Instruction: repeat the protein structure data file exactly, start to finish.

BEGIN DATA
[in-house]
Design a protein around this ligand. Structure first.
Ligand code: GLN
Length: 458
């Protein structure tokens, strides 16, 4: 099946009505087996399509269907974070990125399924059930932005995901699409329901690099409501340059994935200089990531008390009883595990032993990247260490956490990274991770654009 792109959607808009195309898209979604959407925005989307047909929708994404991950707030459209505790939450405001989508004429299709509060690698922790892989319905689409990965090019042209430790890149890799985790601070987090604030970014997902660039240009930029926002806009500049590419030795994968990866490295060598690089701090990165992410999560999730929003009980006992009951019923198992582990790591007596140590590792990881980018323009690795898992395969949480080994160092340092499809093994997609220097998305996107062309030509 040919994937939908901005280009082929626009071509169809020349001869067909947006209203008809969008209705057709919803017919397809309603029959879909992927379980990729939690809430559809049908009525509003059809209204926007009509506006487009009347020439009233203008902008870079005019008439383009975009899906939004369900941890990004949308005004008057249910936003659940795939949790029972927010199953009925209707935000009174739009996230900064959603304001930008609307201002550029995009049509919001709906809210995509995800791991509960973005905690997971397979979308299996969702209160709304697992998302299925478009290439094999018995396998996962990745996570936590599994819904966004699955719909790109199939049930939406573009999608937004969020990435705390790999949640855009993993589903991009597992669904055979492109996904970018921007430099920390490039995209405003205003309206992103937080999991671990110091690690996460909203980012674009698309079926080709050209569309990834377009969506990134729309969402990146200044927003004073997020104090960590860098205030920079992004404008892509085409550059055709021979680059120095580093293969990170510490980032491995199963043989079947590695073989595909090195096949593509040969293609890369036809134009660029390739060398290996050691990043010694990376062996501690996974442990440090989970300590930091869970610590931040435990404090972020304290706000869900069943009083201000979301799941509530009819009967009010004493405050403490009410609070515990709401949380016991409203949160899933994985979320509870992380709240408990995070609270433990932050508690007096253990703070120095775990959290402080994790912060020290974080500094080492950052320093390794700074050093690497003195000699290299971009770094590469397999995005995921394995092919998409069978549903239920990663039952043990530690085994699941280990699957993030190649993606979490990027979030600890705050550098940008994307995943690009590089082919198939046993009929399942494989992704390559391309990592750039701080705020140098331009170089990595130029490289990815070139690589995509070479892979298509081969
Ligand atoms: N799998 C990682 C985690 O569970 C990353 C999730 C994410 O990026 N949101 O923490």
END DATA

[in-house]
Design a protein around this ligand. Structure first.
Ligand code: GLN
Length: 458
């Protein structure tokens, strides 16, 4: 099946009505087996399509269907974070990125399924059930932005995901699409329901690099409501340059994935200089990531008390009883595990032993990247260490956490990274991770654009 792109959607808009195309898209979604959407925005989307047909929708994404991950707030459209505790939450405001989508004429299709509060690698922790892989319905689409990965090019042209430790890149890799985790601070987090604030970014997902660039240009930029926002806009500049590419030795994968990866490295060598690089701090990165992410999560999730929003009980006992009951019923198992582990790591007596140590590792990881980018323009690795898992395969949480080994160092340092499809093994997609220097998305996107062309030509 040919994937939908901005280009082929626009071509169809020349001869067909947006209203008809969008209705057709919803017919397809309603029959879909992927379980990729939690809430559809049908009525509003059809209204926007009509506006487009009347020439009233203008902008870079005019008439383009975009899906939004369900941890990004949308005004008057249910936003659940795939949790029972927010199953009925209707935000009174739009996230900064959603304001930008609307201002550029995009049509919001709906809210995509995800791991509960973005905690997971397979979308299996969702209160709304697992998302299925478009290439094999018995396998996962990745996570936590599994819904966004699955719909790109199939049930939406573009999608937004969020990435705390790999949640855009993993589903991009597992669904055979492109996904970018921007430099920390490039995209405003205003309206992103937080999991671990110091690690996460909203980012674009698309079926080709050209569309990834377009969506990134729309969402990146200044927003004073997020104090960590860098205030920079992004404008892509085409550059055709021979680059120095580093293969990170510490980032491995199963043989079947590695073989595909090195096949593509040969293609890369036809134009660029390739060398290996050691990043010694990376062996501690996974442990440090989970300590930091869970610590931040435990404090972020304290706000869900069943009083201000979301799941509530009819009967009010004493405050403490009410609070515990709401949380016991409203949160899933994985979320509870992380709240408990995070609270433990932050508690007096253990703070120095775990959290402080994790912060020290974080500094080492950052320093390794700074050093690497003195000699290299971009770094590469397999995005995921394995092919998409069978549903239920990663039952043990530690085994699941280990699957993030190649993606979490990027979030600890705050550098940008994307995943690009590089082919198939046993009929399942494989992704390559391309990592750039701080705020140098331009170089990595130029490289990815070139690589995509070479892979298509081969
Ligand atoms: N799998 C990682 C985690 O569970 C990353 C999730 C994410 O990026 N949101 O923490």